|Type||Digital rangefinder camera|
|Sensor||18 x 27 mm inducing a 1.33 crop factor|
|Maximum resolution||10.3 effective megapixels (3936 x 2630 pixels)|
|Film speed||160 to 2500|
|Exposure modes||Manual, aperture priority auto exposure|
|Exposure metering||TTL, center weighted averaging|
|Flash||Fixed hot shoe|
|Shutter||Focal plane, metal curtains, vertical travel|
|Shutter speed range||8s to 1/8000|
|Viewfinder||Reverse Galilean (x0.68) with automatic or manual selection of parallax corrected framelines, additional color LCD display: 2.5", 230,000 pixels|
|Dimensions||139 x 80 x 39 mm|
|Weight||545 g without battery 591 with|
The Leica M8 is the first digital camera in the rangefinder M series introduced by Leica Camera AG on 14 September 2006. It uses an APS-H 10.3-megapixel Kodak KAF-10500 CCD image sensor.
As of 15 November 2014, the most recent firmware version is 2.024.
The M8 body is slightly thicker than the classic MP and M7 (approximately ~14% thicker). It is an all-metal body made of a high-strength magnesium alloy. The top and base plates are cut from brass billets, before receiving a black or silver chrome finish.
The M8 supports all existing Leica M-mount lenses, however some older models might not offer all the functions due to mismatching cams. All lenses are multiplied by a 1.33x crop factor, hence a 28mm lens will act approximately like a 35mm when mounted to the M8. Because the infrared filter over the sensor is relatively weak, adding an IR-cut filter in front of the lens is recommended. In addition, Leica chooses to omit the Anti-Alias filter, citing the reason for higher resolution power of the lens. However, the moiré artifacts can occur in scenes with closely spaced geometric patterns, such as fabric or mesh, distant buildings, balcony railings, corrugated roofing etc.
The M8 uses modern metal-blade focal-plane shutter. It can fire flash synchronization at 1/250 second X-sync and has a top shutter speed of 1/8000 sec. The flash system used in the M8 is M-TTL.
The camera uses a 6-bit coding system that identifies the lens in use to the electronics built into M8 body. The code is included on all current Leica lenses. To prevent excessive vignetting due to closer lens mount than in a DSLR and thus higher light rays angle on the sensor periphery, offset micro-lenses are used on the CCD. The 6-bit code on lenses gives information about optic vignetting characteristics, permitting software adjustment. The M8 uses Adobe DNG as its raw data format and the raw converter Capture One LE (included with the camera).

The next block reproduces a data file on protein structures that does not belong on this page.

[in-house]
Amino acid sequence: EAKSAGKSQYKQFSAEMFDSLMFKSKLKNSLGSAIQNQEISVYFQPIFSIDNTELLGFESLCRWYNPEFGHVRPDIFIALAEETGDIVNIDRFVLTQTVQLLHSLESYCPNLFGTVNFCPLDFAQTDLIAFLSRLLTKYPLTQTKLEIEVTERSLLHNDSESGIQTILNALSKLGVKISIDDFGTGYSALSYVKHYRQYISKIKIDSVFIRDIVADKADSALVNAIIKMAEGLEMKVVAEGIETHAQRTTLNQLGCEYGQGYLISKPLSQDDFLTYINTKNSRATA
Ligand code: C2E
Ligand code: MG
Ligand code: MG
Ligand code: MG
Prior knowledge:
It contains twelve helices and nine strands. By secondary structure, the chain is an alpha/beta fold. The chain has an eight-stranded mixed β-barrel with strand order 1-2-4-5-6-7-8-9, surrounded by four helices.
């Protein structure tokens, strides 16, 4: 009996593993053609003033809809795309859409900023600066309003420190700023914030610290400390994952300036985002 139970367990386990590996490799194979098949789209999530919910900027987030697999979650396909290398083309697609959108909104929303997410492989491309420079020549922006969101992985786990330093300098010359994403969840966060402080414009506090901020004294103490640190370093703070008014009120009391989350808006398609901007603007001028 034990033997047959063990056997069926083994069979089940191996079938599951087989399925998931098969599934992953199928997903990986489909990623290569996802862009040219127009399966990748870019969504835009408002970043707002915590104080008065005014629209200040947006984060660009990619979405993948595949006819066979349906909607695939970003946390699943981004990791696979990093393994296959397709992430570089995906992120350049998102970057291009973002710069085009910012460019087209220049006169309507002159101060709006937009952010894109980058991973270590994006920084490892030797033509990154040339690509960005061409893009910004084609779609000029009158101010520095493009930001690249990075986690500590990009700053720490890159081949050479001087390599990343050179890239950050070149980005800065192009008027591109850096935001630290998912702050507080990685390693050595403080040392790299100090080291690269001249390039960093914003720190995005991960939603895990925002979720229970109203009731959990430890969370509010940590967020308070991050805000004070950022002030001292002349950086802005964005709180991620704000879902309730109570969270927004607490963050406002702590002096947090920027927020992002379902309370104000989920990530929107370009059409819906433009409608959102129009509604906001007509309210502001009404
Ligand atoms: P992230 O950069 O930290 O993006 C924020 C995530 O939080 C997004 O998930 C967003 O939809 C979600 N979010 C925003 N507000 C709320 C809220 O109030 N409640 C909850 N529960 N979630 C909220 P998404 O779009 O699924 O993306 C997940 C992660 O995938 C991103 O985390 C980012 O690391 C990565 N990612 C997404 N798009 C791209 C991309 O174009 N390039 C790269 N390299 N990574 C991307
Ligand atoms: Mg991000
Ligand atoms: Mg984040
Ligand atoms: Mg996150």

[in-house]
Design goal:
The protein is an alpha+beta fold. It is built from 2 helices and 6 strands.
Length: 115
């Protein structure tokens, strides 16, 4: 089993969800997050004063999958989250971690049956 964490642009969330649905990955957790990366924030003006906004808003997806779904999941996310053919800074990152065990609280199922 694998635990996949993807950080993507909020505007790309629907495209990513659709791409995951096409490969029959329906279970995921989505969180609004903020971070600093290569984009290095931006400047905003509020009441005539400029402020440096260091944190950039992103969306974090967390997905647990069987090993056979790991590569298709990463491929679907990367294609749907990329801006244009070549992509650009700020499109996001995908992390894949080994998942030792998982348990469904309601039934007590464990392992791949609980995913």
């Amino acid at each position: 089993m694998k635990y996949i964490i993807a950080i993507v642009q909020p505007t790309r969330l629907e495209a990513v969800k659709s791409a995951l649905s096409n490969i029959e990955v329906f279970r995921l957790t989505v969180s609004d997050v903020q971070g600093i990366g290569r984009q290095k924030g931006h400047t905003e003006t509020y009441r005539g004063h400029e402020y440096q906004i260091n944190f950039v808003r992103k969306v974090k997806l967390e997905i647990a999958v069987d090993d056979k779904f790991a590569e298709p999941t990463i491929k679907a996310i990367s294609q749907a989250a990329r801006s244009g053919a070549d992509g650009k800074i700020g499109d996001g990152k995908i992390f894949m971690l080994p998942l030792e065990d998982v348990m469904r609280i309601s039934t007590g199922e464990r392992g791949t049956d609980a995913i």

The Leica M8 suffered from some controversy on its release due to image quality problems reported by some users, especially an extremely high sensitivity to infrared light, which made black colors appear purple. Leica has since released a statement saying that it will send two free special UV/IR screw-on photographic filters to all future M8 purchasers, and upon request for all current M8 users. Users experiencing other image quality problems can apply to return their M8 for repair.
However, this sensitivity to Infrared light has inspired a niche of photographers who use photographic filters that block the visible spectrum of light to do infrared photography.
Leica announced a perpetual upgrade program on 31 January 2008. To keep a user's M8 up to date with newer releases, owners can send their M8 to Leica for upgrades. The first upgrade offered under this program is an improved shutter designed for quieter operation, at the cost of a slower maximum shutter speed of 1/4000sec. Leica subsequently announced additional upgrades:
Leica announced the Leica M8.2 on 15 September 2008. The Leica M8.2 includes all the upgrades offered in the upgrade program, however the black version is coated with black paint (as opposed to the black chrome finish of the standard Leica M8) and black Leica branding dot. An auto S setting producing only JPEGs was added to the shutter speed dial.
Leica also introduced the M8.2 Safari edition package, limited to a production run of 500. The package includes an olive green painted Leica M8.2, a silver-finished Leica Elmarit-M 28mm f/2.8 ASPH lens and a matching Billingham camera case.